HUMS 410, Modernities: Nineteenth-Century Historical Narratives
British historical narratives in the nineteenth century, an age often cited as the crucible of modern historical consciousness. How a period of industrialization and democratization grounded itself in imagined pasts—whether recent or distant, domestic or foreign—in both historical novels and works by historians who presented programmatic statements about the nature of historical development.
Professor Stuart Semmel
Stuart Semmel teaches courses on modern British history, British imperial history, global history, and historical consciousness. He is also the Associate Head of Pauli Murray College.
He received his A.B. and Ph.D. from Harvard University. His book Napoleon and the British (Yale, 2004), shortlisted for the Longman/History Today Book of the Year prize, considers how Napoleon Bonaparte was used in British political argument and political culture. His publications include articles on tourism and radical politics. His current book project examines an early nineteenth-century British woman’s career as a freelance propagandist.
Before coming to Yale, Semmel was a tenured Associate Professor at the University of Delaware. He has also taught at Harvard, the University of Pennsylvania, American University, Peking University, and Yale-NUS College. He has been a fellow at the National Humanities Center and the Penn Humanities Forum. His courses include “Nineteenth-Century Britain,” “Britain’s Empire,” “The World Circa 1800,” and “British Identity since 1800” (graduate seminar). He also teaches classes on various aspects of “historical consciousness”: “Thinking About History” (a first-year seminar), “Screening the Past” (in the Humanities program), and “Nineteenth-Century Historical Narratives” (in Humanities, with Professor Stefanie Markovits). He also teaches “Historical and Political Thought” (from Herodotus to Arendt) in the Directed Studies program.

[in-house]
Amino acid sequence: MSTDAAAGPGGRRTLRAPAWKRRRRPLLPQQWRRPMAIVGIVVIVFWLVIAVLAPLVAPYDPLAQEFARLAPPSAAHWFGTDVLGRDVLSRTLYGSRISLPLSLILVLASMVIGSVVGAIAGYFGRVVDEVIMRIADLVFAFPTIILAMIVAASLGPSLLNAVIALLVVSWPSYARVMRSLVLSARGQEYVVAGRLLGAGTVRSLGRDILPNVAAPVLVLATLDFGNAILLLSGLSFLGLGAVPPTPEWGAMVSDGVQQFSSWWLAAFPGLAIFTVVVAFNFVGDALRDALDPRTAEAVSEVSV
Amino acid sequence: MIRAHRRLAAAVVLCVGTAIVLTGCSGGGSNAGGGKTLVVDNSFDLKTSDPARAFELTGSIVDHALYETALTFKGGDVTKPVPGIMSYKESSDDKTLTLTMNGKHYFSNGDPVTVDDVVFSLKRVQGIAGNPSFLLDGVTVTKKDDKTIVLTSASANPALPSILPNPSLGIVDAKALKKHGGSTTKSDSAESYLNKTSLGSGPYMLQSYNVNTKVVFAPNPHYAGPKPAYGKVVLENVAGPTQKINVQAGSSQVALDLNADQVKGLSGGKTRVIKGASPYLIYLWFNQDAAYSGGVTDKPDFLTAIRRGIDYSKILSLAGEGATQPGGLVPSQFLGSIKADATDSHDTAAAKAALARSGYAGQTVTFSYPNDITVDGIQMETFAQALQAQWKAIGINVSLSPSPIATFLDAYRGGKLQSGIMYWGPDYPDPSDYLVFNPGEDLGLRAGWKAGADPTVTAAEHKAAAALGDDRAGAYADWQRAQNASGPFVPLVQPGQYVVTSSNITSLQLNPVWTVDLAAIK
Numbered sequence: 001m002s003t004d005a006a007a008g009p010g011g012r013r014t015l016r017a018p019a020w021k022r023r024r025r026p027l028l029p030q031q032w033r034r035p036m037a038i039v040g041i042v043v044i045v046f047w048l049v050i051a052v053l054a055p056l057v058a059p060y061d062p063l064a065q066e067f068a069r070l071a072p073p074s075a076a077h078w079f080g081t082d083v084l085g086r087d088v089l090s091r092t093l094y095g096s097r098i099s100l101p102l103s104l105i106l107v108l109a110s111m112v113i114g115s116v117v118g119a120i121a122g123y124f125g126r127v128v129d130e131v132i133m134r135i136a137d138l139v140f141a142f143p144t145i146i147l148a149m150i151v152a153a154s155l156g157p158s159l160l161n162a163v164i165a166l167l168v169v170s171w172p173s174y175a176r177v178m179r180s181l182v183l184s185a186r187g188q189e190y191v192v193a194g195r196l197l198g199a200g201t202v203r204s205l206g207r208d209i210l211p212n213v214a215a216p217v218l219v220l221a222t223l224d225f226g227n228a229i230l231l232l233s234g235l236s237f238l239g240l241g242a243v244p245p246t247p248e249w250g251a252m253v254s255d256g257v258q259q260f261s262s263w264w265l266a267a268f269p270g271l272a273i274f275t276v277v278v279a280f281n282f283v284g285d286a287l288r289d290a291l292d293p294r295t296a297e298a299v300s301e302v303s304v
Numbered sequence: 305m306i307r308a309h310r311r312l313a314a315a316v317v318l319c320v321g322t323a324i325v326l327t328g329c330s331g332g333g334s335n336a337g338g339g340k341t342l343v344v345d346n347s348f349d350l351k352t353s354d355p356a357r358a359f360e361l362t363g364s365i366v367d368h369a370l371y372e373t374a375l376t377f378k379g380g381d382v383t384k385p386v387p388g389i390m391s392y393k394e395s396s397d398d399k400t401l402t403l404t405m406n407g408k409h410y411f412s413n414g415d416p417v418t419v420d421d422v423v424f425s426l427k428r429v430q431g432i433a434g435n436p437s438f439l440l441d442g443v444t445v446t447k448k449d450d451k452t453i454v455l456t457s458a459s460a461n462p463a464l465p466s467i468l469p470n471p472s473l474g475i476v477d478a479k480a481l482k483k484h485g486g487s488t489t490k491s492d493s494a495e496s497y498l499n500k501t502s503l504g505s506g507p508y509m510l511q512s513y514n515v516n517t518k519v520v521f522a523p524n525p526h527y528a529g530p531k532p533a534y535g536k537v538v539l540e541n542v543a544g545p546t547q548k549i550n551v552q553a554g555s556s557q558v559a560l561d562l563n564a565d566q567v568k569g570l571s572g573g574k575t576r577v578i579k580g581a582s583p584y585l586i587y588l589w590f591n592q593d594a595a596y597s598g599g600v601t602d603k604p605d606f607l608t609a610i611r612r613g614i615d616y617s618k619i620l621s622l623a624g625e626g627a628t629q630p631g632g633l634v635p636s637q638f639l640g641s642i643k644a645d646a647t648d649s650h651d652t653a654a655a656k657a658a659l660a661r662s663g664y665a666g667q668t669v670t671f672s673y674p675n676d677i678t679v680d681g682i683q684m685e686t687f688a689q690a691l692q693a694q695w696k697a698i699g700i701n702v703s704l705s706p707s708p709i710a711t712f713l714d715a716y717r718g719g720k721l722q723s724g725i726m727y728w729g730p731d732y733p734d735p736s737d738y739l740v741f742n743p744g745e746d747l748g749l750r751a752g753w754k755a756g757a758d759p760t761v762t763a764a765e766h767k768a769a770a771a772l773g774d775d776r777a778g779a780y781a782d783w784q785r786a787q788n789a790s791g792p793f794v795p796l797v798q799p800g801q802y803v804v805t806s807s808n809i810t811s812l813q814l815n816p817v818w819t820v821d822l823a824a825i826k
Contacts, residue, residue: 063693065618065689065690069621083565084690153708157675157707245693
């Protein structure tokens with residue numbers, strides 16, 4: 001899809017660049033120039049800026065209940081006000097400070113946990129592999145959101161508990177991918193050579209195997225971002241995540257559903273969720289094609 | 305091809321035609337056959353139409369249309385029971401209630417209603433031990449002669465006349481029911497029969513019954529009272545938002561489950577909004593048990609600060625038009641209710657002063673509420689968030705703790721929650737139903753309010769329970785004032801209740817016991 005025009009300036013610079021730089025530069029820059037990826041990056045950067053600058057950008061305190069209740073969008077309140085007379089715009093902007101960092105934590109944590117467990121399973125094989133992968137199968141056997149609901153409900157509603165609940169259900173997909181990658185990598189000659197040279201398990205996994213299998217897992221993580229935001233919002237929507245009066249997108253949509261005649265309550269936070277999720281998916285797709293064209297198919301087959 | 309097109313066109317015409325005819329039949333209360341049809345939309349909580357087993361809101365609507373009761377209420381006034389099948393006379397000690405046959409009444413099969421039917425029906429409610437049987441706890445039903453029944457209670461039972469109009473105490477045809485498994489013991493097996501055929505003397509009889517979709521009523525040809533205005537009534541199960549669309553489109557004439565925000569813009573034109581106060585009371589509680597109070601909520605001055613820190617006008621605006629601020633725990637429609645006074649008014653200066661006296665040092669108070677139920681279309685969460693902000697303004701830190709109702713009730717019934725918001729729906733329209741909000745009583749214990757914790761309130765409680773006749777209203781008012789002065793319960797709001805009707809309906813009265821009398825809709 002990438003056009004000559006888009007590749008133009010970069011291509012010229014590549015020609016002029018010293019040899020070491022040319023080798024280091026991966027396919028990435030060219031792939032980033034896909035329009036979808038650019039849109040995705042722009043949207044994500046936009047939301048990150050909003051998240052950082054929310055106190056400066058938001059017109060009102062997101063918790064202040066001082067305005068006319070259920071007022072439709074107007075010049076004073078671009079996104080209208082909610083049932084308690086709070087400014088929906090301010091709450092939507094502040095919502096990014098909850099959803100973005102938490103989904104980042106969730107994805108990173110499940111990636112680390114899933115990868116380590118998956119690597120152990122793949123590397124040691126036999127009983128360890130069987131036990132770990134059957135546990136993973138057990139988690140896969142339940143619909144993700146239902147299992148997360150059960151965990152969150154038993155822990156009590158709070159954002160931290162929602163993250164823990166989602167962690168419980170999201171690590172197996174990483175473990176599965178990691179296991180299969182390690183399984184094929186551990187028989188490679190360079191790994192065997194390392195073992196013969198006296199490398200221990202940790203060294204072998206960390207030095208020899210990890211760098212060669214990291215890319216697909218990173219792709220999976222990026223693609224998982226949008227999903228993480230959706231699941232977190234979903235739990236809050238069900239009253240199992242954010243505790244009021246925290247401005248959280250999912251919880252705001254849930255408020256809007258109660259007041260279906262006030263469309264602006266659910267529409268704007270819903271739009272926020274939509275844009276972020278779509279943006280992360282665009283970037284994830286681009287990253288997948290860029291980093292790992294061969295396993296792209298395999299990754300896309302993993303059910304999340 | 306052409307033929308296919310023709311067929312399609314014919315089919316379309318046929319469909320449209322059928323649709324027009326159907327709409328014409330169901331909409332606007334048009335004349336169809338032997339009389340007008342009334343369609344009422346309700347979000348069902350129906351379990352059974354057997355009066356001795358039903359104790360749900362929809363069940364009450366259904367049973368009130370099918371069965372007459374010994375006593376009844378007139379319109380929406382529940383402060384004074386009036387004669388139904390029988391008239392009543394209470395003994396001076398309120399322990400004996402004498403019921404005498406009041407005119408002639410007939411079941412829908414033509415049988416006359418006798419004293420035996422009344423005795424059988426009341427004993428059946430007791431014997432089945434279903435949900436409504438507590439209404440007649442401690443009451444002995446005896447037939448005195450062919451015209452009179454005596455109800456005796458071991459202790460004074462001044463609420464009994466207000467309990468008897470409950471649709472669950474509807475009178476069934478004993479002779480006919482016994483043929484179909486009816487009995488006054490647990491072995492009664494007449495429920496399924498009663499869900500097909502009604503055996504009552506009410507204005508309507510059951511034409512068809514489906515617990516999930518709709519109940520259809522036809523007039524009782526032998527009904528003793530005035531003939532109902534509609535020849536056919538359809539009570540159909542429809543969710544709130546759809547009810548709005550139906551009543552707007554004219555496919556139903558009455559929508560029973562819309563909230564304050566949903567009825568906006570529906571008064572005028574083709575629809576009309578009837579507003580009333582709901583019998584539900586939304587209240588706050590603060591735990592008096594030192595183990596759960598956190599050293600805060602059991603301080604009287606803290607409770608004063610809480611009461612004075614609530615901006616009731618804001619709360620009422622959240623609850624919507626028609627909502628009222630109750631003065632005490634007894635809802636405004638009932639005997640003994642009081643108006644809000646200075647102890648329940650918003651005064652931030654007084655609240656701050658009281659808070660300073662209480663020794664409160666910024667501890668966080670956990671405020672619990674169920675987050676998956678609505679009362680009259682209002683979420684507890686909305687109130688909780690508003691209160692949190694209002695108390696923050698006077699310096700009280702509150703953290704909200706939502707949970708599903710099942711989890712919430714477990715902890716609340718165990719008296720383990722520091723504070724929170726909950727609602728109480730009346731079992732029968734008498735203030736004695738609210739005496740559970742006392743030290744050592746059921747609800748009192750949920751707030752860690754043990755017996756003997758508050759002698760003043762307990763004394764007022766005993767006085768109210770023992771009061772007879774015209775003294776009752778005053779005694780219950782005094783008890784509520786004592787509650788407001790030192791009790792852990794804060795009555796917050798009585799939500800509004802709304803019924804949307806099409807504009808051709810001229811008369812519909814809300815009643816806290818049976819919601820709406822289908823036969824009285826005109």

Professor Stefanie Markovits
I research and teach English literature of the long Nineteenth Century: both Romantic and Victorian, both poetry and the novel. Other areas of interest include German classical literature (especially Goethe and Schiller), aesthetic theory, war and literature, and genre theory.
My first book demonstrated the scope of my concerns by considering the treatment of literary and political action in writers from Wordsworth to Henry James. While my second, on the Victorian response to an unpopular war (the Crimean War, 1854-56), was narrower, it allowed me to think further about the impact of social and political matters on formal ones: how (for example) does patriotic poetry translate the blunders of the Crimea into verse? My new book offers an in-depth account of the verse-novel as it arose in the mid-Victorian period, focusing on how the split allegiances of its component genres allow for the unleashing of radical energies. I am currently beginning a project on the way numbers interact with literary forms in the nineteenth century.